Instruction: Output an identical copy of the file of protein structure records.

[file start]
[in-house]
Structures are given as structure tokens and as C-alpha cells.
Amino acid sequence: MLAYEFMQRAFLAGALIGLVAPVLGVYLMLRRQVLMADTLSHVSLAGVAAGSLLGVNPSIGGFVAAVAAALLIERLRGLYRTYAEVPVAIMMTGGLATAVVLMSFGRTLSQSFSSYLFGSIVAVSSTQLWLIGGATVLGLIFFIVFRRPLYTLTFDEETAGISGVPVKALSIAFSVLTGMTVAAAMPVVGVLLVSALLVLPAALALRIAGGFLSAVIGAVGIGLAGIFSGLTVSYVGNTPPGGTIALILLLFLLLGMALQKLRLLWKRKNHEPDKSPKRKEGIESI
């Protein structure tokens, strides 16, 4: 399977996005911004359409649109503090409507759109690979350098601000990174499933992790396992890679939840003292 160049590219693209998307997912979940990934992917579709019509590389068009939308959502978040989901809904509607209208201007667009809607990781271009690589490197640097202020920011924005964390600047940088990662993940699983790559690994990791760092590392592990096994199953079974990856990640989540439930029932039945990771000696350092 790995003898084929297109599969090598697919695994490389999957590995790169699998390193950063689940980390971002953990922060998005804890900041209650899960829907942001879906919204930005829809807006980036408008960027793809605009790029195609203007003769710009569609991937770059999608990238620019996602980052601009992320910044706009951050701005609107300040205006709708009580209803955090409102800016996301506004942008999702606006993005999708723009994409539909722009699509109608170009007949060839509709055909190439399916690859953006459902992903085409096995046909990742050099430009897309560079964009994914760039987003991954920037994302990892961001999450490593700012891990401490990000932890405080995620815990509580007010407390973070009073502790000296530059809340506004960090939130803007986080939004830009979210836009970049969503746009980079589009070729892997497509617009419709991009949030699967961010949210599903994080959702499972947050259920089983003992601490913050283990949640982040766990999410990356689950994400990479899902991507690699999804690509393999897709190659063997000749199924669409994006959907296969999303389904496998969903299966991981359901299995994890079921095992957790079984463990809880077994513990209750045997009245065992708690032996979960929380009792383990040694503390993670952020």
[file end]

[in-house]
Structures are given as structure tokens and as C-alpha cells.
Amino acid sequence: MLAYEFMQRAFLAGALIGLVAPVLGVYLMLRRQVLMADTLSHVSLAGVAAGSLLGVNPSIGGFVAAVAAALLIERLRGLYRTYAEVPVAIMMTGGLATAVVLMSFGRTLSQSFSSYLFGSIVAVSSTQLWLIGGATVLGLIFFIVFRRPLYTLTFDEETAGISGVPVKALSIAFSVLTGMTVAAAMPVVGVLLVSALLVLPAALALRIAGGFLSAVIGAVGIGLAGIFSGLTVSYVGNTPPGGTIALILLLFLLLGMALQKLRLLWKRKNHEPDKSPKRKEGIESI
């Protein structure tokens, strides 16, 4: 399977996005911004359409649109503090409507759109690979350098601000990174499933992790396992890679939840003292 160049590219693209998307997912979940990934992917579709019509590389068009939308959502978040989901809904509607209208201007667009809607990781271009690589490197640097202020920011924005964390600047940088990662993940699983790559690994990791760092590392592990096994199953079974990856990640989540439930029932039945990771000696350092 790995003898084929297109599969090598697919695994490389999957590995790169699998390193950063689940980390971002953990922060998005804890900041209650899960829907942001879906919204930005829809807006980036408008960027793809605009790029195609203007003769710009569609991937770059999608990238620019996602980052601009992320910044706009951050701005609107300040205006709708009580209803955090409102800016996301506004942008999702606006993005999708723009994409539909722009699509109608170009007949060839509709055909190439399916690859953006459902992903085409096995046909990742050099430009897309560079964009994914760039987003991954920037994302990892961001999450490593700012891990401490990000932890405080995620815990509580007010407390973070009073502790000296530059809340506004960090939130803007986080939004830009979210836009970049969503746009980079589009070729892997497509617009419709991009949030699967961010949210599903994080959702499972947050259920089983003992601490913050283990949640982040766990999410990356689950994400990479899902991507690699999804690509393999897709190659063997000749199924669409994006959907296969999303389904496998969903299966991981359901299995994890079921095992957790079984463990809880077994513990209750045997009245065992708690032996979960929380009792383990040694503390993670952020």